Only occasionally in her essays do the truly recalcitrant anglos appear—there is the white woman sitting beside her on the plane refusing to believe that racism still affects people of color, whose husband directs his wife to stop conversing with Maria (Lugones 2003, 20-23, 158–59). Generally, the encounters she describes are of a different sort, they are among feminists, among Latinas, among queers. Even in her angry essays (essays that evoke an unedited affect), Lugones remains in conversation: her confrontations are meant to strengthen coalition among the people.

Consider her essay "Hard to Handle Anger." Here Lugones offers a typology of forms of anger with diverse political genealogies: there are angers based on fear, explosive anger against oppression, forms of controlled anger directed to the mainstream, "anger that challenges respectability," anger addressed to one's comrades in resistance, and more (Lugones 2003, 103). The anger of many subordinate groups, women in general, are "outlaw emotions," as she quotes Alison Jaggar (104). Lugones is interested in anger for what it reveals about our multiple "worlds of sense," and for what this reveals about the selves who are angry. It is interesting to note this problematic in relation to more general feminist treatments of anger and other "ugly" emotions. For Lugones, the question is not simply to defend a generic anger against the politics of respectability and the disciplinary norms of femininity, but to consider very specific angers by specific groups of women and the challenges to the intelligibility of these angers for other women.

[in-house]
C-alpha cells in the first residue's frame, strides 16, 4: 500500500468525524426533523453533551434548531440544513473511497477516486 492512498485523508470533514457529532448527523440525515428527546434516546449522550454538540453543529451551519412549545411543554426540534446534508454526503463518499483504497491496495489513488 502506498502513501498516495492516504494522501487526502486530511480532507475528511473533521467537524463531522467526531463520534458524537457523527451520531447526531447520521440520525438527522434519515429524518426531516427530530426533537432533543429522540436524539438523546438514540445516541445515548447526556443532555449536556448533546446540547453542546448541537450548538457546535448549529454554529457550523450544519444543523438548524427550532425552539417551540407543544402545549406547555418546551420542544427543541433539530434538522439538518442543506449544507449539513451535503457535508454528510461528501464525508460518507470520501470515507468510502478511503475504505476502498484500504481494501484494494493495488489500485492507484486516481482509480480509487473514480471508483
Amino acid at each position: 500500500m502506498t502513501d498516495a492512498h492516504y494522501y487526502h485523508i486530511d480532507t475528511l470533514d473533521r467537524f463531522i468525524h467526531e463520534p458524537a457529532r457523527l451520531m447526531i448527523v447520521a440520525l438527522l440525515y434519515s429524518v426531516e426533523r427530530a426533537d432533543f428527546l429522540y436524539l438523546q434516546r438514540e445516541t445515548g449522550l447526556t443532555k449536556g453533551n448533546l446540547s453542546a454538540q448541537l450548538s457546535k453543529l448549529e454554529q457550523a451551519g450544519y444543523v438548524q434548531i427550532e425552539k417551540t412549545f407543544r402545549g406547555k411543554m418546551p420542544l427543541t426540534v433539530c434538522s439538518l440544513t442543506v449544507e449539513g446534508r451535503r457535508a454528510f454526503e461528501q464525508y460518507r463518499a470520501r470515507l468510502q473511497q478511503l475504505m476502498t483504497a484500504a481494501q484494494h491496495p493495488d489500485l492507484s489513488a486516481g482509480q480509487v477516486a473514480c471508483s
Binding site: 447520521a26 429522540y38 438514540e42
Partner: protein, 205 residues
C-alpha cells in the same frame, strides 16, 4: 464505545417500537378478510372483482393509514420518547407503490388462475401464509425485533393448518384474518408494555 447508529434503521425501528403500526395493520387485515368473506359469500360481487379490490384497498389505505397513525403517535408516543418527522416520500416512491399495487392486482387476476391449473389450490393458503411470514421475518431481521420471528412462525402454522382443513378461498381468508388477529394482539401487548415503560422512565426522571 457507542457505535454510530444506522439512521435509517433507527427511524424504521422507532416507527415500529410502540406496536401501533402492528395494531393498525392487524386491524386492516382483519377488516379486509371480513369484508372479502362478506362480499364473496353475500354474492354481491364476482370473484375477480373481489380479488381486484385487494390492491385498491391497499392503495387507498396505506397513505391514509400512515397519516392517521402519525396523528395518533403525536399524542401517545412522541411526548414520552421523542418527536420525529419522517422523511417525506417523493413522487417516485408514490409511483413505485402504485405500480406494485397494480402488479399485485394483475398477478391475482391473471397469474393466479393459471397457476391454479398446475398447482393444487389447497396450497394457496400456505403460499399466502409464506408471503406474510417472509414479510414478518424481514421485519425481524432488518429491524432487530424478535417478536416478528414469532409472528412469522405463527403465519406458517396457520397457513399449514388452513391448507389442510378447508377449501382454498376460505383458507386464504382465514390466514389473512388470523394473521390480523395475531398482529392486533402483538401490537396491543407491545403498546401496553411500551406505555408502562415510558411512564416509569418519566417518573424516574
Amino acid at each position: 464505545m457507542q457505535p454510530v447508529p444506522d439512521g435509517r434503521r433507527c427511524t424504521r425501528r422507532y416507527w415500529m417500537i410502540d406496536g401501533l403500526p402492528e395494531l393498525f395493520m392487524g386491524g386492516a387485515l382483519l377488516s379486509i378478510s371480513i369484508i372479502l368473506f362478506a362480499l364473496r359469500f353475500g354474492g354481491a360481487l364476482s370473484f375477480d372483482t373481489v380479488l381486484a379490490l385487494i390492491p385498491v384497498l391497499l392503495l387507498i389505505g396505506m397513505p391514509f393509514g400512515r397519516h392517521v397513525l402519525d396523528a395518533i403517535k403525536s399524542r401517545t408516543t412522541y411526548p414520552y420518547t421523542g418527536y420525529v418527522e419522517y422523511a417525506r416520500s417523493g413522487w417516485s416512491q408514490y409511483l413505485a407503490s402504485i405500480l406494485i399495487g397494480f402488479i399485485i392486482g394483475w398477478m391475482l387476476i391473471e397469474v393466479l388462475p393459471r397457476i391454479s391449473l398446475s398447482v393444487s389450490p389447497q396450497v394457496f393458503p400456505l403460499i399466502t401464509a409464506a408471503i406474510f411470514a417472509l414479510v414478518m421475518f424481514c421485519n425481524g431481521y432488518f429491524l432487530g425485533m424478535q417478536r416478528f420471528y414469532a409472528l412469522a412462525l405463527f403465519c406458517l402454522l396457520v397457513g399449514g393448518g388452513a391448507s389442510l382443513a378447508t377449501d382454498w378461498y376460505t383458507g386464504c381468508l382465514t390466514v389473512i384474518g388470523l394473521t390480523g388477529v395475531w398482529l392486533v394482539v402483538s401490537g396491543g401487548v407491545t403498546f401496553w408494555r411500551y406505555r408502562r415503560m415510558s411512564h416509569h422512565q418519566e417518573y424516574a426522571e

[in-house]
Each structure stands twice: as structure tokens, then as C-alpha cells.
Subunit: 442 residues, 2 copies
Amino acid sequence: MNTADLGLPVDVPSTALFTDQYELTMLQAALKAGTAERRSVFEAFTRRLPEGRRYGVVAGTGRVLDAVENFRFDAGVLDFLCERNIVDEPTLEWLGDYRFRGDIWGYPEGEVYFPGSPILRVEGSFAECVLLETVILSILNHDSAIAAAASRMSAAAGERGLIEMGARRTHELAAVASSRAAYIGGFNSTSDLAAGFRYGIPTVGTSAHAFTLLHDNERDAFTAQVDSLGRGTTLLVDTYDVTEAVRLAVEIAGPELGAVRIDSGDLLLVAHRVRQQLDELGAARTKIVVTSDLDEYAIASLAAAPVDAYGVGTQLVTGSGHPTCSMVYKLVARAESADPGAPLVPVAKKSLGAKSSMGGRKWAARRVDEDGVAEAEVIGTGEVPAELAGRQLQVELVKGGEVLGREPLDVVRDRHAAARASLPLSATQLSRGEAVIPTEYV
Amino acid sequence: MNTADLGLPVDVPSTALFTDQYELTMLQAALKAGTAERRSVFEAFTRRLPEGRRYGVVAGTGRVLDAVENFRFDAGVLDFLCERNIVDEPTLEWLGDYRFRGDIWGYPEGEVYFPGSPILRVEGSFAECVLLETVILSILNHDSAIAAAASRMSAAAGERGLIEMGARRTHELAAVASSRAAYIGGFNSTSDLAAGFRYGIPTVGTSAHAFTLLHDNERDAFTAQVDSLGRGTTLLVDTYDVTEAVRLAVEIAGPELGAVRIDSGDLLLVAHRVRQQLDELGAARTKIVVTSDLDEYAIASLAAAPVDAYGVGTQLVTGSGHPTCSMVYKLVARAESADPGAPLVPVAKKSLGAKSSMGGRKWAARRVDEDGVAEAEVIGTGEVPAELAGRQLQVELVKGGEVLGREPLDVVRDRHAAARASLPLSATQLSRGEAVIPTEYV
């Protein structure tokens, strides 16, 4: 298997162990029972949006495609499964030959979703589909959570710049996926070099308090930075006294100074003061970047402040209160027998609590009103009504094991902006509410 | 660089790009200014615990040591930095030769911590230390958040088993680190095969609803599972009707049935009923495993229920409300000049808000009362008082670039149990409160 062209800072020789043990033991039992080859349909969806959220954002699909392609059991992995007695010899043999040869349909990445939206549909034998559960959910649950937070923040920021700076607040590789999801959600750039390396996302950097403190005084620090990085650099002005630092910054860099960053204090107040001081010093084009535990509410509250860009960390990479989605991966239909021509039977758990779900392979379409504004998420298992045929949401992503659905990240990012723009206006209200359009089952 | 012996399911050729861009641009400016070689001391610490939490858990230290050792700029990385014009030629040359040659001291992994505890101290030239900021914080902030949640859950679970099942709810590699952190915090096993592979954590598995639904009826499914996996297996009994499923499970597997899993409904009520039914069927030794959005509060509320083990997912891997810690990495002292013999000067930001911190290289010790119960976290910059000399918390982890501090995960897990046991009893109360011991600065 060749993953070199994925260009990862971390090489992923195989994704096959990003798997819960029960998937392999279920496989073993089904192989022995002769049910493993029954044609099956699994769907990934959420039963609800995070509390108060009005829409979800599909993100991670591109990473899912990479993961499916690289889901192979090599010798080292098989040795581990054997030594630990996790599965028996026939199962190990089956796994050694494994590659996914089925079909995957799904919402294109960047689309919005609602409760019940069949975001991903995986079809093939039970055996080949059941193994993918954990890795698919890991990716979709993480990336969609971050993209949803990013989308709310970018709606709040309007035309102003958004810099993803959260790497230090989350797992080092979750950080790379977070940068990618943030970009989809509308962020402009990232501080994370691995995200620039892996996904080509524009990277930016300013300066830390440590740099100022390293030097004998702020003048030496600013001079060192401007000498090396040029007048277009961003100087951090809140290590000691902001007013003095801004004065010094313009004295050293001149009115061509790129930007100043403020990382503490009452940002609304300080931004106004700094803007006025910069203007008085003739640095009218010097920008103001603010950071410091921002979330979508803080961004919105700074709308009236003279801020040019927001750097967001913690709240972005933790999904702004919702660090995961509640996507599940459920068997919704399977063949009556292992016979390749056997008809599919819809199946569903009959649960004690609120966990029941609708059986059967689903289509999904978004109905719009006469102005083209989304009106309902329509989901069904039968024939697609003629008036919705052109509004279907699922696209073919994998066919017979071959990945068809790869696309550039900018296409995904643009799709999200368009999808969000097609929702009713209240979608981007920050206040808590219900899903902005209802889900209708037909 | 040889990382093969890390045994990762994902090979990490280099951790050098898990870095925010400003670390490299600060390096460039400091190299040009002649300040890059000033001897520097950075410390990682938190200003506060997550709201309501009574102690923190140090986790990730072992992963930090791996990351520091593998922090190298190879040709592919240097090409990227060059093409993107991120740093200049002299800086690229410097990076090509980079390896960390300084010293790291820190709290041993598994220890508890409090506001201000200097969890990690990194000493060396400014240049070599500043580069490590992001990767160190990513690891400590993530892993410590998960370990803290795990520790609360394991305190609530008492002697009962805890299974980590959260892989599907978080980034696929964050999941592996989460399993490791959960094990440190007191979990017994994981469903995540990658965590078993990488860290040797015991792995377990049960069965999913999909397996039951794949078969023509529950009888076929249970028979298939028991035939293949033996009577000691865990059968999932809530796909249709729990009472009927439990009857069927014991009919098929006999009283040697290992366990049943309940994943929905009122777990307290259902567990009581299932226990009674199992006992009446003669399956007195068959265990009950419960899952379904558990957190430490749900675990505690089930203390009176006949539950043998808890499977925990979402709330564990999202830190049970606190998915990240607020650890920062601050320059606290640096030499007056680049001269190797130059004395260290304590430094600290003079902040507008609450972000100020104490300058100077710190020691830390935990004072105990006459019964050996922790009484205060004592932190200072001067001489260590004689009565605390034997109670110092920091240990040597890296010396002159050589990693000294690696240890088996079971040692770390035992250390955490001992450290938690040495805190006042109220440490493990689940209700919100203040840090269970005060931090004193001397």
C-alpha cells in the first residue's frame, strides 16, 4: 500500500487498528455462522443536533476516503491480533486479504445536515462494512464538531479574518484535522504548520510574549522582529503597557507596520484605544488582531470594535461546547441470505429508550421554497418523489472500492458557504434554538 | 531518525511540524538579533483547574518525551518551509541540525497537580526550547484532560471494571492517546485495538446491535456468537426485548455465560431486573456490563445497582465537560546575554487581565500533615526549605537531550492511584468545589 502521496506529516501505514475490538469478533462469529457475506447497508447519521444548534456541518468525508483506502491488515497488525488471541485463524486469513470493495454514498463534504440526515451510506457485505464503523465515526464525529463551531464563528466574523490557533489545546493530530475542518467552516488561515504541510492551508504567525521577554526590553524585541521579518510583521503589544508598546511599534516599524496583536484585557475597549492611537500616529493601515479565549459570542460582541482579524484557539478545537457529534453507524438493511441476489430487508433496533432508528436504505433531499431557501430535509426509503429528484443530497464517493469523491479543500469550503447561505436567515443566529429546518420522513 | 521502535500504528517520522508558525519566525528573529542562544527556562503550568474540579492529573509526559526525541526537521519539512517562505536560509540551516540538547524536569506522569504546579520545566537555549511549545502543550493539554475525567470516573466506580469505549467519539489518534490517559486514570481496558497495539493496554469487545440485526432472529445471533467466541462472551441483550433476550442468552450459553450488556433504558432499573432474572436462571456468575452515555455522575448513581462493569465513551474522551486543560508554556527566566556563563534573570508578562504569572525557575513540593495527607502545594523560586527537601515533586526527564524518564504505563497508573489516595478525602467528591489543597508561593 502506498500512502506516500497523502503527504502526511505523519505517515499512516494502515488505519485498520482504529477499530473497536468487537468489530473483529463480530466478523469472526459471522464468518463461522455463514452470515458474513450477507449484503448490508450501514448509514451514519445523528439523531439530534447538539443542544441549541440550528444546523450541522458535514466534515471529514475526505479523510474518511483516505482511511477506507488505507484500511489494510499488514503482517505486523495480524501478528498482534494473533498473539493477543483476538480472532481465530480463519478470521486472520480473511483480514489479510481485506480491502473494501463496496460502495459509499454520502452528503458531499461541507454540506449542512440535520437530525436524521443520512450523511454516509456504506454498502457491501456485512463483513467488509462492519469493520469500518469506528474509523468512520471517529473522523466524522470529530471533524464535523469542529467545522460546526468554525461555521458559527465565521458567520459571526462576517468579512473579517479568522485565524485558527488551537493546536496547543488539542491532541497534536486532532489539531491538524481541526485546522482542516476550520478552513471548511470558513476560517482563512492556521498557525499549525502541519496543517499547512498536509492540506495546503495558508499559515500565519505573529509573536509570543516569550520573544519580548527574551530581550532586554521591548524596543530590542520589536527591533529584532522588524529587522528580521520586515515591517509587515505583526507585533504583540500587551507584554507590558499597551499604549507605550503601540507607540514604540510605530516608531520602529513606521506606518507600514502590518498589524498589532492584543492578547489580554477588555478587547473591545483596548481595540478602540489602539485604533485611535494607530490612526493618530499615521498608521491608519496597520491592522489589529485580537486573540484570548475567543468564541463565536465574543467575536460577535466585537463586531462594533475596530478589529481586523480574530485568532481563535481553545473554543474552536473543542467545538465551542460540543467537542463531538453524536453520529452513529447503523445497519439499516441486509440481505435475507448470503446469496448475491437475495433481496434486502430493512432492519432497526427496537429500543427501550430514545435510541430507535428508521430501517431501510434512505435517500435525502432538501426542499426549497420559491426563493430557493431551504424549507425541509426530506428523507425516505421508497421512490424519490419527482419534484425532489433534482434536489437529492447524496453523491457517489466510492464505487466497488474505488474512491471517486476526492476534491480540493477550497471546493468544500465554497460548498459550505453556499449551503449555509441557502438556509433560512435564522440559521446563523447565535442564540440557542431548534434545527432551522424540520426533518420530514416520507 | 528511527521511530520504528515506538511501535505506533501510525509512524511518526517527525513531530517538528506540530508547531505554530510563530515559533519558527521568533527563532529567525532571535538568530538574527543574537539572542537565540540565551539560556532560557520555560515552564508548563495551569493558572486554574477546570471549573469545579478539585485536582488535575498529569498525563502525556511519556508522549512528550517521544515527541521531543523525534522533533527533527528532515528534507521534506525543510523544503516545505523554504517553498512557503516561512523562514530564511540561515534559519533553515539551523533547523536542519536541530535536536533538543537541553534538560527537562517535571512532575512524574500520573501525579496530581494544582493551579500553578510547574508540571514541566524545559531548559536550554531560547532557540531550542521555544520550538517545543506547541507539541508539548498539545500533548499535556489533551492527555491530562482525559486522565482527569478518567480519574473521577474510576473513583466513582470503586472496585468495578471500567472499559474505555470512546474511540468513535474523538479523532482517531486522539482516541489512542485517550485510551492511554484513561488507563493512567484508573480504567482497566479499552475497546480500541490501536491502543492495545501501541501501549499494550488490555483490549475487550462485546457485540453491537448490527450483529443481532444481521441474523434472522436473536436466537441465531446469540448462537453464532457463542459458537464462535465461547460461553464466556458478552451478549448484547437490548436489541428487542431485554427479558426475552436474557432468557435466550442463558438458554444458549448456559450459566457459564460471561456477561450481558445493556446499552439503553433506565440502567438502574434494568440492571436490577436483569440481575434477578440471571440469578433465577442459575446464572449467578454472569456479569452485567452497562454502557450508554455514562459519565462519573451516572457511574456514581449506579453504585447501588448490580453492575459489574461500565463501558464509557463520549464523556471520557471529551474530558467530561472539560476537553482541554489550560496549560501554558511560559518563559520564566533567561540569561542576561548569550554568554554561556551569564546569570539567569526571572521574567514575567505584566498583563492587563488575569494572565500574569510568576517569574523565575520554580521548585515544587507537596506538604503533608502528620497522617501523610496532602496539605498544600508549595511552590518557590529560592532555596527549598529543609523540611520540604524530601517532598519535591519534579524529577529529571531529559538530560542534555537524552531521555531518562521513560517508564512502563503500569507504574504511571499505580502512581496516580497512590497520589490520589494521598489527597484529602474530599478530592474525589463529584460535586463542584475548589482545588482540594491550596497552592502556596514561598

In the context of resistance movements, Lugones is interested in "whether the anger has a communicative or an incommunicative intent" (Lugones 2003, 105). This indicates that her project is both inner directed and outer directed: to "consider questions related to the self of the angry person" as well as to consider the role of anger in conflicts that arise within liberatory coalitions (104). "First-order anger seems to be backwardlooking," she suggests, airing grievances about the past, responding to "someone's … having been wronged, harmed, enslaved" (113). She cites Lorde again here, who says that this sort of first-order anger breeds strength but is nonetheless limited: it can "only demolish the past" but "cannot create the future" (ibid.). Only second-order or reflective anger serves "our visions" (ibid.). Lugones reads Anzaldua as arguing that although rage can isolate the self, it can also be a way to push against the oppressive intrusions of others so as to make space for one's self. Thus at least in some cases, rage can be a second-order anger even though it may appear to be only reactive. [End Page 204]